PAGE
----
18 Going On 20… (A tale of marathons and challenges to come)

This is a story about running and the challenges that come with it. And numbers. Because when you are a runner, or wheeler as I’ve been labeled for the past 25 years, your life on the road and track is full of challenges and it also involves lots of numbers.


So let’s start with the main numbers. 1, 2, 16, 18, 19 and 20. Those are the numbers that matter most to this tale. But don’t worry, I’ll throw in a ton more numbers, too, just to give this blog so mathamagic.


The first number is “1.” Here’s why it is important. It’s 1989 and I’m a college junior in Boston. A roommate and I make a macho challenge the night before the 93rd BAA Boston Marathon. Some might think we are crazy. In a nutshell, the challenge involves the two of us finding our way to the starting line then running the 26.2 miles back to Boston. As bandits. Yes, that means no training, no qualifying, and no official number. Since we both had huge egos, and wanted to impress everyone we knew, we actually did it. Yes, we showed up wearing pretty much just our running shoes and some spandex and followed the crowd. The takeaways? It hurt the whole way. There was puke involved. Pain, blisters and suffering, too. But we finished and limped our way back to our off campus apartment after sneaking onto the “T” then hobbling the rest of the way from David Square to Tufts. So, there’s “1.” Rich Harries and I finished 1 Boston Marathon together.


Now it’s 1990 and we are seniors. It’s our last year in Boston before we both graduate, become commissioned officers and head to flight school, Rich as a Marine and me as a Navy pilot. But Rich got smart in the 364 days in between finishing the 93rd and starting the 94th. When I challenge him to do it again, he says, basically, “NO WAY IN HELL.” So I’m on my own. I do a few months of training, buy a cool pair of spandex, hitch a ride to the starting line, and do it again. As a bandit. 30 minutes faster, too, which is cool. Really cool. So there’s why the number “2” (as in 2 marathons under my belt) is important to the story.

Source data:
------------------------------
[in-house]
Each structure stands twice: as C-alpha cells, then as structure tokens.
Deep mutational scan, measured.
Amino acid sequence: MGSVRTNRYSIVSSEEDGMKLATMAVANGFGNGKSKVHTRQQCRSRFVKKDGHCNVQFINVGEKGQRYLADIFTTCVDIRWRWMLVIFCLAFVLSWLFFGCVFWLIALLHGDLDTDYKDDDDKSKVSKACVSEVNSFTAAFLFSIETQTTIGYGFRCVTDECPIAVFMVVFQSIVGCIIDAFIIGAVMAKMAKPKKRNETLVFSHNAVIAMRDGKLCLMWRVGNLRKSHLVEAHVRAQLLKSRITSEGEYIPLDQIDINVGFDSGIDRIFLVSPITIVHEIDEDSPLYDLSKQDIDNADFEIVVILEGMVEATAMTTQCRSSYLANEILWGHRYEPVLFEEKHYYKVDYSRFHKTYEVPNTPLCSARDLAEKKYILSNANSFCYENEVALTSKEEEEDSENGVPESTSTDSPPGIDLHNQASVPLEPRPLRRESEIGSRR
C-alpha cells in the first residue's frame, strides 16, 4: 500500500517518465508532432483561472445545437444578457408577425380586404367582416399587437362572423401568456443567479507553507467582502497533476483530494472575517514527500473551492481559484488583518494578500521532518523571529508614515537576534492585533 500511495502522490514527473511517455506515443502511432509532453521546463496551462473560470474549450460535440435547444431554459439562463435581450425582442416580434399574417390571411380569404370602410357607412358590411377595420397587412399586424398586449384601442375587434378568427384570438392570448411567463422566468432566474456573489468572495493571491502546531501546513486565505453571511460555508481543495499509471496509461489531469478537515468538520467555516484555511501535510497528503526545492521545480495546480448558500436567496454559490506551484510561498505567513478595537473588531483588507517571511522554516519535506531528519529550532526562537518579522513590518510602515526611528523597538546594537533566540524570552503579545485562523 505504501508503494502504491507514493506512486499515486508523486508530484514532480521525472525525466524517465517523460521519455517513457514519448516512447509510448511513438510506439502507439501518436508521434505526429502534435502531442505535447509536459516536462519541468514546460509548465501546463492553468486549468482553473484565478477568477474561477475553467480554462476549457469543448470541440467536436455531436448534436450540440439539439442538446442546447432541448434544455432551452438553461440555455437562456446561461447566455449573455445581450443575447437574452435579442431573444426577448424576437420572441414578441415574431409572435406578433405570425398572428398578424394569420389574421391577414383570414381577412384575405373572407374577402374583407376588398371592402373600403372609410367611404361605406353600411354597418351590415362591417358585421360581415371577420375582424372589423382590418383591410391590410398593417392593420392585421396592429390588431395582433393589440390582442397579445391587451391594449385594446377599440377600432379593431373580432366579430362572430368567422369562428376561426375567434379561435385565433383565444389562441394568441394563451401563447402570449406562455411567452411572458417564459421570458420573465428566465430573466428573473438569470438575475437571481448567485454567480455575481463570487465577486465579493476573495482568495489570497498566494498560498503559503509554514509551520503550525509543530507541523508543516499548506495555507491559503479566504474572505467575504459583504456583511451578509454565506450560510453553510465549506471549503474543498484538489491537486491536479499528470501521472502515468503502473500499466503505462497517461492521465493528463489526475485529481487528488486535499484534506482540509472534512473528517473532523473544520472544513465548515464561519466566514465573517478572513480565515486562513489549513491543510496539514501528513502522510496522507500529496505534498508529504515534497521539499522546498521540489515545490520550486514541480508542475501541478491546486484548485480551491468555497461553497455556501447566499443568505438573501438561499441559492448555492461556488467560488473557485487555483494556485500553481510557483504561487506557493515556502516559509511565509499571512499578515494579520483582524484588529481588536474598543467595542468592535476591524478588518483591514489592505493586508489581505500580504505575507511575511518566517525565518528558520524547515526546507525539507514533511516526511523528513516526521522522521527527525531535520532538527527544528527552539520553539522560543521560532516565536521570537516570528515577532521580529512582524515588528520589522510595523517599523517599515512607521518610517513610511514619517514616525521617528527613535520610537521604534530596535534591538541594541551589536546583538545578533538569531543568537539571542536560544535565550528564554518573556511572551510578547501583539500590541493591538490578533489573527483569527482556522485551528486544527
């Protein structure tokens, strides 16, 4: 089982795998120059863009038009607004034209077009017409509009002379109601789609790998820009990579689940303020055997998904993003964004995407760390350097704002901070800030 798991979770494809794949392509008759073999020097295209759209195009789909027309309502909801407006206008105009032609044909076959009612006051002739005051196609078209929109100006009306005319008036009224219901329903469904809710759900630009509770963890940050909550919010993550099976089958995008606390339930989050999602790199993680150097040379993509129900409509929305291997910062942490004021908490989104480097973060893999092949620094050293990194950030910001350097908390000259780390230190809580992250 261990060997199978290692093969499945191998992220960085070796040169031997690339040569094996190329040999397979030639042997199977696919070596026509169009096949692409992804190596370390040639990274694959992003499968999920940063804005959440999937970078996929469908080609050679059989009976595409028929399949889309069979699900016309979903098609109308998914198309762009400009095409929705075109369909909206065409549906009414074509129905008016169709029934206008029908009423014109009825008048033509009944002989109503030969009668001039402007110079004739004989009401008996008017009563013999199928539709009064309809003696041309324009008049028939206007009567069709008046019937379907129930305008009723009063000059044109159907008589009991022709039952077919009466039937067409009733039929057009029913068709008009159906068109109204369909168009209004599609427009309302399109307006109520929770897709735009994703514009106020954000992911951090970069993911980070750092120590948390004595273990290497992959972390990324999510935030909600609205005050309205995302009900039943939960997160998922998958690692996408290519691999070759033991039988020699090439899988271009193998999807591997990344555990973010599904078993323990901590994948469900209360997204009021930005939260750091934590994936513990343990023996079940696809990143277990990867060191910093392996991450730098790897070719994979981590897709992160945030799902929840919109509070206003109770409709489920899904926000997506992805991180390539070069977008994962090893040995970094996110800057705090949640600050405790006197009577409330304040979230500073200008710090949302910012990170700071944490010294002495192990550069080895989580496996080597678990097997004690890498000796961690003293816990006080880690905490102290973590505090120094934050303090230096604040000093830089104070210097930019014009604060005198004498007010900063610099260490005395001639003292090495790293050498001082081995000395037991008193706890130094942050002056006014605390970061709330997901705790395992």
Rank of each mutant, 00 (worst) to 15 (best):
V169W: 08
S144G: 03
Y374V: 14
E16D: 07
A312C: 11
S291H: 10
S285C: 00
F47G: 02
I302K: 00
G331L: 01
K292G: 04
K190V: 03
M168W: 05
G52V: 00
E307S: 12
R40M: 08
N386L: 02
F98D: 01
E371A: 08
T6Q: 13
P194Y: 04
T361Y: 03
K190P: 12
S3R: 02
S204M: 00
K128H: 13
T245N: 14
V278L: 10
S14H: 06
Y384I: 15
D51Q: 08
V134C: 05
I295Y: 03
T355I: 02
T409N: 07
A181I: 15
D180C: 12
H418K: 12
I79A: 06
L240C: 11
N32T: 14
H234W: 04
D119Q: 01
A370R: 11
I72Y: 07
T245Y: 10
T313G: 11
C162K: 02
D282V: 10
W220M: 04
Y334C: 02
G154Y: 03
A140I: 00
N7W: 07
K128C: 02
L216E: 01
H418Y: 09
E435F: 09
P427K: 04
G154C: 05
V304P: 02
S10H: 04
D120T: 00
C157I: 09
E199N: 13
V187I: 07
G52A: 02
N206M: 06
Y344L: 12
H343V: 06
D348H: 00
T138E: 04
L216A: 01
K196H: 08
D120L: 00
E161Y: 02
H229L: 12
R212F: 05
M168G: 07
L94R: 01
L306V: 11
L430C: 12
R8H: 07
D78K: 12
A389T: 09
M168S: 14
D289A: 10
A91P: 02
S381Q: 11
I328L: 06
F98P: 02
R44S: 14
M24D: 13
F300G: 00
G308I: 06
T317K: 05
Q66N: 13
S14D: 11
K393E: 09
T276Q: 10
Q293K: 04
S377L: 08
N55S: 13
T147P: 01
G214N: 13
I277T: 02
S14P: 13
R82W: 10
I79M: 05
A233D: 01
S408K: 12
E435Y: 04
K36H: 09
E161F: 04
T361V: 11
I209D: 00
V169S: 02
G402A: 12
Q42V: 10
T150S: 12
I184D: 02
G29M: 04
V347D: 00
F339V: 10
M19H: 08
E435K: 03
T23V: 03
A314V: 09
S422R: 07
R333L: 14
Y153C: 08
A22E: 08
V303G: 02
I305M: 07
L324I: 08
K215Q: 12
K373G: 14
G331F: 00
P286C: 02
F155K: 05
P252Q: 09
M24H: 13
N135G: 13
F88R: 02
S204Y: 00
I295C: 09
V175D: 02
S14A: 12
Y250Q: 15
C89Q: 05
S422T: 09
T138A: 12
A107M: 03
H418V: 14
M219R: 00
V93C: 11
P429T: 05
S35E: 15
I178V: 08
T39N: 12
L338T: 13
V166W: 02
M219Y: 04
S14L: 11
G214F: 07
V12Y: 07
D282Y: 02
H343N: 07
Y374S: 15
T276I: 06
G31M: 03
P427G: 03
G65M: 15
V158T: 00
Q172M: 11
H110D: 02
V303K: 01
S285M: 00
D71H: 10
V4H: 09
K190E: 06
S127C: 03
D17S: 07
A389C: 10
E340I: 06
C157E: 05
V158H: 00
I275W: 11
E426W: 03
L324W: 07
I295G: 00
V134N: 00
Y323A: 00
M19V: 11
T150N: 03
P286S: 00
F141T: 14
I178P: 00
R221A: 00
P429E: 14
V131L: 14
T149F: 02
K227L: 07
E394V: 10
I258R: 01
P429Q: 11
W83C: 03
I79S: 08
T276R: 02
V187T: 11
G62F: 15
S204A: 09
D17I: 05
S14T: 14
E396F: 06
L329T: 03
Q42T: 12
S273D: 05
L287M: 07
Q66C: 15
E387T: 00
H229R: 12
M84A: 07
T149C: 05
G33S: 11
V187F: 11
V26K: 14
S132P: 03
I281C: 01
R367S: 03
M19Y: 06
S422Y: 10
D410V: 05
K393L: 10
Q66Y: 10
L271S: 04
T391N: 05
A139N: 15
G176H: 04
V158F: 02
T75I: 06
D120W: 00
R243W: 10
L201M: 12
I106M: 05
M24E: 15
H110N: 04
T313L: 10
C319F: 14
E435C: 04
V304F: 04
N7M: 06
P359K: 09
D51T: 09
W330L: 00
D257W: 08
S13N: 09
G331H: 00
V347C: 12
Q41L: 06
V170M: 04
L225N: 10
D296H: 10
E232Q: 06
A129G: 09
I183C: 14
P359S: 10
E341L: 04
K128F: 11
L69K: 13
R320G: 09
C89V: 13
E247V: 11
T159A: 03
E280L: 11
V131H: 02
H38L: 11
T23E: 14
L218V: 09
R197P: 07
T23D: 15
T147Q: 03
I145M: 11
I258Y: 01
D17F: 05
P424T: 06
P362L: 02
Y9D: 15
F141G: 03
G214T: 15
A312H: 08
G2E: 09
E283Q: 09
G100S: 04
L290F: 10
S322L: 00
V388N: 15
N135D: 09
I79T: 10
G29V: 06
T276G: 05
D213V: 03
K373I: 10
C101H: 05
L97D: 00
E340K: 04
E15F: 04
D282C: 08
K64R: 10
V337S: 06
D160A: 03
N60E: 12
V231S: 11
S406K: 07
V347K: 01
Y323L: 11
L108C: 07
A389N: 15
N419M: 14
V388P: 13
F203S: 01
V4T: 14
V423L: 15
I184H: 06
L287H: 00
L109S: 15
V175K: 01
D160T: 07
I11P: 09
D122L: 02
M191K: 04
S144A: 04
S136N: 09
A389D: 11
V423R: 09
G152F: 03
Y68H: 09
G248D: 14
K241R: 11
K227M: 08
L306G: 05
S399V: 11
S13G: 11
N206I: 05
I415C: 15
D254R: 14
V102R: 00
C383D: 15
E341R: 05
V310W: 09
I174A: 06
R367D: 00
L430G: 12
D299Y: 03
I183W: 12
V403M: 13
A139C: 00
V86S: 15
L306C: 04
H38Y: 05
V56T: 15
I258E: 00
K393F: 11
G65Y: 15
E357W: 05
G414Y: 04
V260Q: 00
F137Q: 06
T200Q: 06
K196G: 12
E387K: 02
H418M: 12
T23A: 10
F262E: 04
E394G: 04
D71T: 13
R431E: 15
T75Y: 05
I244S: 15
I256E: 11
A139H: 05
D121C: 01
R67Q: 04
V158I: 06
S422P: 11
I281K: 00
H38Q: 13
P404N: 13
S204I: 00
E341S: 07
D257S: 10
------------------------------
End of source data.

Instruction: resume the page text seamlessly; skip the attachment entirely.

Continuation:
So let’s skip ahead to “16.” Without going into too many details, between 1990 and 2010, I did 16 more Boston Marathons. The interesting fact is that I did them all in the WCQ (meaning quad wheelchair) division. Why? A funny thing happened in late 1990. I broke my neck. Yes, the kind of breaking of the neck as in a 21 year old future hotshot pilot dives into ocean, hits bottom, fractures 2 vertebrae, loses ability to walk, becomes a quadriplegic, learns how to push a manual wheelchair, takes up wheelchair racing, falls in love with the sport, officially qualifies in his third marathon, rolls to the Hopkinton start in 1994, finishes, then does a butt load of Bostons, the last being in 2010 where I finish in 2:58:57. 2010 is also the 4th time in a row I win my division, the 5th time overall. Plus I qualify for 115th in the process and I’m feeling pretty stoked. So, while breaking my neck sucked, finishing 16 Bostons in a chair is cool.


Now, for “18.” 16 + 2 = 18, right? True. That’s the 4th main number in this blog. Yes, I’ve finished 18 Bostons and, as of now, am the old runner/wheeler to have done it both on foot and in a wheelchair. And no wheeler in history has finished as many Bostons as me. That’s all kind of cool.


Plus, I must add, when you come to Boston as a wheelchair athlete, people stare at you for all the right reasons – because you are a top athlete, and marathoners “get it” and show respect (and that’s not the same as the swarms of everyday people who see you as a poor, pathetic, gimpy type, and us sad stares, which is what we, in chairs, get pretty much the rest of the year). Stares in Boston around the marathon feel pretty cool. They pump our egos. I like to be looked at in Boston around the marathon.


Back to the story. Anyway, in 2011 a funny thing happens. Early in the year, as I’m upping my mileage for my 19th Boston, I hurt my shoulder. It’s my first sports related injury and it sucks. Truth is I was training incorrectly and the injury could have been avoided had I simply realized that I was, at that time, 43 years old and I should have respected my training rather than go at it like a 20-something. I didn’t know about tendonitis, bursitis and overuse injuries but I learned quickly. What happened? No surgery but lots of down time. I missed the race and, honestly, didn’t think much of it because I was confident I’d be back in 2012.